Sandeep has a need for more structure. He would like to see a hierarchical list in the app, one in which a node labelled “beer” expands into lager and root beer. Sandeep knows full well that root beer is not beer at all, but his customers see things differently. Alternative facts like these pose no problem, since SKOS allows collections to be members of collections, alongside concepts. These can be used to introduce an “alternative” hierarchical structure without asserting untrue facts. The app can still look up extra information about the actual concepts on the web. Thus, Sandeep can rely on the app to check age when a young-looking person orders items in the beer collection whenever applicable. Root beer is for all ages, lager is for 18 years and older.

<Sandeep’s drink menu>
  <Sandeep’s-beer-group>
    lager
    root beer
  tea
  cola

At this point we are all set to introduce the dilemma. Suppose Stella feels a need to expand the menu, so that the item tea is replaced by a collection as follows. She wants the collection to carry the display label “tea”. Moreover, she wants it to link directly to the concept with the same label. When a customer touches the item, a definition of “tea” as found in de thesaurus on the web should pop up. This relation between the collection and the concept is what the colon is intended to convey:

<Stella’s-drink-menu>
  <Stella’s-tea-group> : tea
    Darjeeling
    lemon grass
    oolong
  coffee
  cola

One may object that the definition provided by the thesaurus — tea is a beverage made from Camellia sinensis — is not applicable to the item lemon grass occurring beneath it, but this retort leaves Stella unfazed: it is how she wants her menu to be structured. Can we express this without introducing something new, as the colon suggests? In theory, we could introduce a convention like so:

<Stella’s-drink-menu>
  <Stella’s-tea-group>
    tea
    <expansion-of-tea>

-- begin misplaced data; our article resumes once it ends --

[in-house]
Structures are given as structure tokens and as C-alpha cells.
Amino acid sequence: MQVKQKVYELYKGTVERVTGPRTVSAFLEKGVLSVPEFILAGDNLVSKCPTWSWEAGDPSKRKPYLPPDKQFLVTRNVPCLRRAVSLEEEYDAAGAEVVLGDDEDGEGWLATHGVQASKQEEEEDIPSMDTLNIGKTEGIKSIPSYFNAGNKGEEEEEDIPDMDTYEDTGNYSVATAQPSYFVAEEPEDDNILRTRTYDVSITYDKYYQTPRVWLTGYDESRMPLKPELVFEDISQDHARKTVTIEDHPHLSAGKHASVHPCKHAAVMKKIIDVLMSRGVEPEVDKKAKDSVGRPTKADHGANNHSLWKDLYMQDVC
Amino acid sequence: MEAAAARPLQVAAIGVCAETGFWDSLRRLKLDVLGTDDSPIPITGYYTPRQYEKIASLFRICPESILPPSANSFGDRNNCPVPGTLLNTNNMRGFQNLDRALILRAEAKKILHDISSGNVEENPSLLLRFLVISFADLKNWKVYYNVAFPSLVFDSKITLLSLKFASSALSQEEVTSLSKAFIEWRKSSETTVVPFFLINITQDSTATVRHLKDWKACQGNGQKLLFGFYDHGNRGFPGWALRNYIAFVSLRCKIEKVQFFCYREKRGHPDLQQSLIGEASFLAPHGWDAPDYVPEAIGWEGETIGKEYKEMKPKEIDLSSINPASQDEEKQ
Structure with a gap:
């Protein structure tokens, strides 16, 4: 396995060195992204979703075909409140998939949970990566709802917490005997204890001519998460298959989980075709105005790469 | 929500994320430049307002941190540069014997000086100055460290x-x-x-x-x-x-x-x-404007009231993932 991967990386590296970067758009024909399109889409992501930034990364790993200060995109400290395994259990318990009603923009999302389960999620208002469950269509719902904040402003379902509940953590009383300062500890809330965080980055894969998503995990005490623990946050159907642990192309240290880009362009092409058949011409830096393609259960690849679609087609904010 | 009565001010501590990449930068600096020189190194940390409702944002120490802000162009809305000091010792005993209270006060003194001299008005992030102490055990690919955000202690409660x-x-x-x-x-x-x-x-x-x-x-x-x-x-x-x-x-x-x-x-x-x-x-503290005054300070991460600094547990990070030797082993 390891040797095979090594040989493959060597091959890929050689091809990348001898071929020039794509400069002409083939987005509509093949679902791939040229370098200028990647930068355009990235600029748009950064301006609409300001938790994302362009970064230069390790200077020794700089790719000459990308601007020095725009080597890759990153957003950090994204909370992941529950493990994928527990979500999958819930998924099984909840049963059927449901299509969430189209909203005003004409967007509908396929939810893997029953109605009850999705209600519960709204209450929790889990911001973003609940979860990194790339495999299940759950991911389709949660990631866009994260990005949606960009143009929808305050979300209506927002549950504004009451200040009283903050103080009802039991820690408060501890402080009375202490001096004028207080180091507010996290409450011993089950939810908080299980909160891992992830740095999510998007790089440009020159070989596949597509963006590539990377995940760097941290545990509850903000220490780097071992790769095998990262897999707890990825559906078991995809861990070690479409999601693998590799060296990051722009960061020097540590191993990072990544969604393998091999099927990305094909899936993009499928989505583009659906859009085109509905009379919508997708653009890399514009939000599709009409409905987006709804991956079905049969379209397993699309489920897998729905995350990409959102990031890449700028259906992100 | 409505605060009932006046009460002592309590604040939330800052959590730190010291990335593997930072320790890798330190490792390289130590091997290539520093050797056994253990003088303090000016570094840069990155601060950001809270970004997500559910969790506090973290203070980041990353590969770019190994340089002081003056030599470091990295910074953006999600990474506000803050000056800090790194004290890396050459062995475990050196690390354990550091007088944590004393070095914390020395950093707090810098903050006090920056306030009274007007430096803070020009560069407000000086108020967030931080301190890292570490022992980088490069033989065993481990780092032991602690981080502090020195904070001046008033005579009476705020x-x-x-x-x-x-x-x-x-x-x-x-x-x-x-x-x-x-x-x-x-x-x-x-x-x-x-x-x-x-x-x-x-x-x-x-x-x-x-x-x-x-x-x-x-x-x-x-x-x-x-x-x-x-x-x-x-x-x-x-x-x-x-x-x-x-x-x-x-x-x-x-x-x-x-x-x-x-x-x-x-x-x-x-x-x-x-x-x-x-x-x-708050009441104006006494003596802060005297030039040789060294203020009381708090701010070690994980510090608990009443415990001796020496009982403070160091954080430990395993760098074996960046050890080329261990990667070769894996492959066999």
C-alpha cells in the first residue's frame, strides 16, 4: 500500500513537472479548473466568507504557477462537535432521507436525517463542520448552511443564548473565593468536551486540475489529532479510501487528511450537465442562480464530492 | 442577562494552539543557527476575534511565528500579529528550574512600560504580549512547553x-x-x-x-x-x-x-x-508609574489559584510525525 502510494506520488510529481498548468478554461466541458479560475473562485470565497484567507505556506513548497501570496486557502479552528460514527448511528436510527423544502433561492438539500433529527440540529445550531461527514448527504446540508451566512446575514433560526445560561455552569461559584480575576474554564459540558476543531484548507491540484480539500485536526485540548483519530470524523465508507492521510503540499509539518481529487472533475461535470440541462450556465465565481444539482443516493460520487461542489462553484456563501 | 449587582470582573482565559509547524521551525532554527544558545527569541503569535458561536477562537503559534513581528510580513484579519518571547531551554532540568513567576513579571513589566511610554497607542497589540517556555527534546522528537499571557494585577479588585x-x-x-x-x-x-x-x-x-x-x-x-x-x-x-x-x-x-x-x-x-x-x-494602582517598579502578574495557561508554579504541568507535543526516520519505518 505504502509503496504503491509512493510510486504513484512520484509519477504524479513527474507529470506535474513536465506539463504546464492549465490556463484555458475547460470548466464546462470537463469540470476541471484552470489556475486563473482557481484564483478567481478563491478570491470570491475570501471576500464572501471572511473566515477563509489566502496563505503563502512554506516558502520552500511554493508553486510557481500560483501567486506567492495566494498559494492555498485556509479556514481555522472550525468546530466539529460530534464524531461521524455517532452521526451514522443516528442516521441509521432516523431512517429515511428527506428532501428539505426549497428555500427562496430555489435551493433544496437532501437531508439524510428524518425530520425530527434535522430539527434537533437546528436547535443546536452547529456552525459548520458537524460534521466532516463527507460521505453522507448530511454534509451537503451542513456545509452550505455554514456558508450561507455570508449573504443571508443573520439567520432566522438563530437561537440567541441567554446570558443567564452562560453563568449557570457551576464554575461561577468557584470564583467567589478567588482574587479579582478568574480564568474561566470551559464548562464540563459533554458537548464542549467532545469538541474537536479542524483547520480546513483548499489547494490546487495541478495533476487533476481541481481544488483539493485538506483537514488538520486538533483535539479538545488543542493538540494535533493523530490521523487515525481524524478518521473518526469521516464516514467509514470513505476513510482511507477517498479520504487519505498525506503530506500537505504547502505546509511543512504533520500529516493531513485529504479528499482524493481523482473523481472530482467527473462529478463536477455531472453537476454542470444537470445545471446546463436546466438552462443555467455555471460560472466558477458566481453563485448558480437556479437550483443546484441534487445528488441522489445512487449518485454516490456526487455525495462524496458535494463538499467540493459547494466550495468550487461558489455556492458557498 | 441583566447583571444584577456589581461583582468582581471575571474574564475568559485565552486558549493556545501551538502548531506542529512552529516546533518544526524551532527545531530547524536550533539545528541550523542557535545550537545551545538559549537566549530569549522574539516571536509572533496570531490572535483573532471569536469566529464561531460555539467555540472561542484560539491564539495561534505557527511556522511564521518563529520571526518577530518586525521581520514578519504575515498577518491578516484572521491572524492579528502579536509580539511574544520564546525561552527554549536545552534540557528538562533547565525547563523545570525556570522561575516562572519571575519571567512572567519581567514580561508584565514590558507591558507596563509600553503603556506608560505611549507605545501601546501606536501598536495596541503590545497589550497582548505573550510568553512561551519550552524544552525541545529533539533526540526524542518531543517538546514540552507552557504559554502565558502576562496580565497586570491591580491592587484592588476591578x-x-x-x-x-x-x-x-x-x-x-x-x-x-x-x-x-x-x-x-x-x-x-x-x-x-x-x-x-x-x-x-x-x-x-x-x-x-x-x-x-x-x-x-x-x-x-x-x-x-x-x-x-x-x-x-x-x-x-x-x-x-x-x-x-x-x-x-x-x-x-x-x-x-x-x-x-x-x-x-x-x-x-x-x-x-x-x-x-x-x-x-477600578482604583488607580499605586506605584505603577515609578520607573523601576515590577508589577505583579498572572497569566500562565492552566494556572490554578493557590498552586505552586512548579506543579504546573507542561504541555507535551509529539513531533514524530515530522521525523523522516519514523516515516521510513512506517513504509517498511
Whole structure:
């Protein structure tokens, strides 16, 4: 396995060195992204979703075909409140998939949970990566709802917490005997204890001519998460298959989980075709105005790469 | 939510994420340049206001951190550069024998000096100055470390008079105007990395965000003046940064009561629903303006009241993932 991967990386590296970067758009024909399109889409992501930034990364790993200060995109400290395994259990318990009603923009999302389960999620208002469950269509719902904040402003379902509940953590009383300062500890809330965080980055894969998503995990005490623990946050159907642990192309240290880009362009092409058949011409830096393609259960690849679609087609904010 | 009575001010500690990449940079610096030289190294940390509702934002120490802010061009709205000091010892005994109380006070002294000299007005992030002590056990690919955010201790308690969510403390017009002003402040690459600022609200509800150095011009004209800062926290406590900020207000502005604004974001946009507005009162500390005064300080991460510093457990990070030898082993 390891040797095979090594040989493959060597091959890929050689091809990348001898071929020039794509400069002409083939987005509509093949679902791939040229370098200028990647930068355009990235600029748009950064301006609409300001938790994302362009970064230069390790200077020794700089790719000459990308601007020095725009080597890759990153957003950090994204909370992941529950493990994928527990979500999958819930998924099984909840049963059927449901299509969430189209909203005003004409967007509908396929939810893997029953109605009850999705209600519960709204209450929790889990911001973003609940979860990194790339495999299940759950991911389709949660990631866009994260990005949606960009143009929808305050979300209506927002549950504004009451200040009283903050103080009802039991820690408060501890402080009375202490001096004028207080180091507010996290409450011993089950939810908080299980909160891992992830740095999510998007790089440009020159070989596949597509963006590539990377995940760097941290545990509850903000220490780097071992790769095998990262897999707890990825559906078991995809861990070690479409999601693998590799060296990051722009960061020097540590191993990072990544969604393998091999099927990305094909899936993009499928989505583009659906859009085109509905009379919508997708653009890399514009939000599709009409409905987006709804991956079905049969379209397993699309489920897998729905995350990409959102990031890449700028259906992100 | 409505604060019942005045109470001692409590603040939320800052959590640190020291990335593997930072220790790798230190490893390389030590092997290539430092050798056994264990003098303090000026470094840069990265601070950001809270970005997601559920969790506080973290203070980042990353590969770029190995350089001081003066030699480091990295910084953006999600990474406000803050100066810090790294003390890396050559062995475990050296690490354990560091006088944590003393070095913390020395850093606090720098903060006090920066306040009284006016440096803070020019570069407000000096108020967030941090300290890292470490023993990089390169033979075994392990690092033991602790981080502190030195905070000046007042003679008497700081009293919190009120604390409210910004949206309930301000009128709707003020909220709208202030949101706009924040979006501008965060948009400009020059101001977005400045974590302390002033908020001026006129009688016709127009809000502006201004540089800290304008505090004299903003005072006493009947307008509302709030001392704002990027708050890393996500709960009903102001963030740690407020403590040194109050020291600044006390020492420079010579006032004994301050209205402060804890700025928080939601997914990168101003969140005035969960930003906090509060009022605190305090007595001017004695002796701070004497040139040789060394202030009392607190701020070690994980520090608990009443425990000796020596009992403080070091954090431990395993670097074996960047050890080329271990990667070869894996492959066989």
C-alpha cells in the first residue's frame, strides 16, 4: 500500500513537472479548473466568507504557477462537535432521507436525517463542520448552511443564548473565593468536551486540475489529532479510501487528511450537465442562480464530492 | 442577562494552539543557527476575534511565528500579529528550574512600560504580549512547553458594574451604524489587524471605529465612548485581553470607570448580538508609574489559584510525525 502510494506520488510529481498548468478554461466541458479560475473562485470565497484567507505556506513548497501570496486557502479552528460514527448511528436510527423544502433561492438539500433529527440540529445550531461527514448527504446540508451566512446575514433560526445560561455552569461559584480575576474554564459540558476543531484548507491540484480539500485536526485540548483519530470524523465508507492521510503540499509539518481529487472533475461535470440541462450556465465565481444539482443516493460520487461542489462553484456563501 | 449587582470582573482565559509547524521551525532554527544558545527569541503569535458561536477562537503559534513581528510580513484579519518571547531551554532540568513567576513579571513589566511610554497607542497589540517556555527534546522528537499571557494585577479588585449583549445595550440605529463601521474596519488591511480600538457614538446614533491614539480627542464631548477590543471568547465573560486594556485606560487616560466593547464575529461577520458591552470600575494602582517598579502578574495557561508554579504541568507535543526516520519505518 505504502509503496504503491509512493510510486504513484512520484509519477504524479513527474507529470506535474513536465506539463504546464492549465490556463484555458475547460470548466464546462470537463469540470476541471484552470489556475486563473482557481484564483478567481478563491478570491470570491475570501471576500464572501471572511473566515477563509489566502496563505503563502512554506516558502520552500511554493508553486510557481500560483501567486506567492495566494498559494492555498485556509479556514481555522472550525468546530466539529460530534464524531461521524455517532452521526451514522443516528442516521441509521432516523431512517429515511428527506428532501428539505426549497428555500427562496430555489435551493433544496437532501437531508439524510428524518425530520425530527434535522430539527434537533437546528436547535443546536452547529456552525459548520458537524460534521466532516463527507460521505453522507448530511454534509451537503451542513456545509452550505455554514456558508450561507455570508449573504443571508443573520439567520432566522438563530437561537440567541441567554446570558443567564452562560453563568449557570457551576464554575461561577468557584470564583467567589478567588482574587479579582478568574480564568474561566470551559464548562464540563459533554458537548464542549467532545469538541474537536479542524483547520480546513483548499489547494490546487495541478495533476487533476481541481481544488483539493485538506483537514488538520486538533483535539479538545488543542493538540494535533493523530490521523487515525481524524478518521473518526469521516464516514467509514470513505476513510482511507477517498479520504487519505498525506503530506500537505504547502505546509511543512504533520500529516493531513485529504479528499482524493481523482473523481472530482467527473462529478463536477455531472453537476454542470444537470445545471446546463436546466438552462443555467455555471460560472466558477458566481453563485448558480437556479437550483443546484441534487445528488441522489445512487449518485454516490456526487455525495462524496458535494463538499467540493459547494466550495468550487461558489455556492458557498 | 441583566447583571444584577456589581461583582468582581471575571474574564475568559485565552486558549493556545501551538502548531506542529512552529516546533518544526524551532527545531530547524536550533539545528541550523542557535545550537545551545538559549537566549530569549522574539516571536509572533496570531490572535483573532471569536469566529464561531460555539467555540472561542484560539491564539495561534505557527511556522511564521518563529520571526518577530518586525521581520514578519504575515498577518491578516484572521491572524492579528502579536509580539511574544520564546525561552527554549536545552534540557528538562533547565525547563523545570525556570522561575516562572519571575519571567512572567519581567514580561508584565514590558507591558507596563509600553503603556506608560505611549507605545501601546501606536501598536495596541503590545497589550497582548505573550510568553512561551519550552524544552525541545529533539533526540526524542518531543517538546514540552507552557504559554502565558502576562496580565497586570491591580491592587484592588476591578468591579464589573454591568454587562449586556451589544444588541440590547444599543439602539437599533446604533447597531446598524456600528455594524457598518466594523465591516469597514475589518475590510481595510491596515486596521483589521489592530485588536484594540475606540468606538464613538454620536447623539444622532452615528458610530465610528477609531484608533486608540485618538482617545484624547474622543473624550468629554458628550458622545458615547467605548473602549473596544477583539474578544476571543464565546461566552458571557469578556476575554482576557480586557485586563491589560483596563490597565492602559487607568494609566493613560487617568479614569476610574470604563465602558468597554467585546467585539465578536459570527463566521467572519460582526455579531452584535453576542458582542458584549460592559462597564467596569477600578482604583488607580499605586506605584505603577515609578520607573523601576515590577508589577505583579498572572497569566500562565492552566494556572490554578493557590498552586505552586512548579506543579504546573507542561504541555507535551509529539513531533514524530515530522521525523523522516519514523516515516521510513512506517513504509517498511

Darjeeling
      lemon grass
      oolong
  coffee
  cola

The convention would state that whenever exactly one concept and one collection are member of the same parent collection, then the child collection is an expansion of the concept. There are several deep problems with such an approach:

  • The convention introduces out-of-band procedural interpretation rules that are supposed to be hard-coded in programs and apps. Instead, we should prefer a declarative approach
  • Suppose Sandeep removes cola from his cafeteria’s menu. The convention would imply that lager and root beer are now an expansion of tea, which is of course not at all what Sandeep intends. Thus, we must add more complexity to be able to “escape” the convention
  • In the process of defining the convention, we in fact reinterpret the original W3C specification. Not a best practice

A variant of this convention would be to use identical prefLabels to signal that the relation holds. This variant breaks down for the same reasons. A better alternative is to define an object property that takes collections as subject and concepts as object. We could call it, say, ex:expands, and define it to mean “the collection x corresponds to concept y, in that it inherits the labels, notes (including definitions) and other information from concept y, excepting what SKOS calls 'semantic relations'.”

By default, concept y is not a member of the collection x that expands it. On the other hand, this is not a requirement. Stella can have her collection expand “tea”, and at the same time list tea as one of the elements beneath it. It stands to reason, though, to require that ex:expands has at most one value. It is unclear what it would mean for a collection to expand more than one concept simultaneously.

In generating a customer specific view on the thesaurus, one must include, besides the transitive closure of skos:member`` starting from the root collection, all pertinent statements with ex:expands. In addition, one probably wants to include label statements, and so on. In any case, the recipe for generating customer specific views can be fully generic, as required.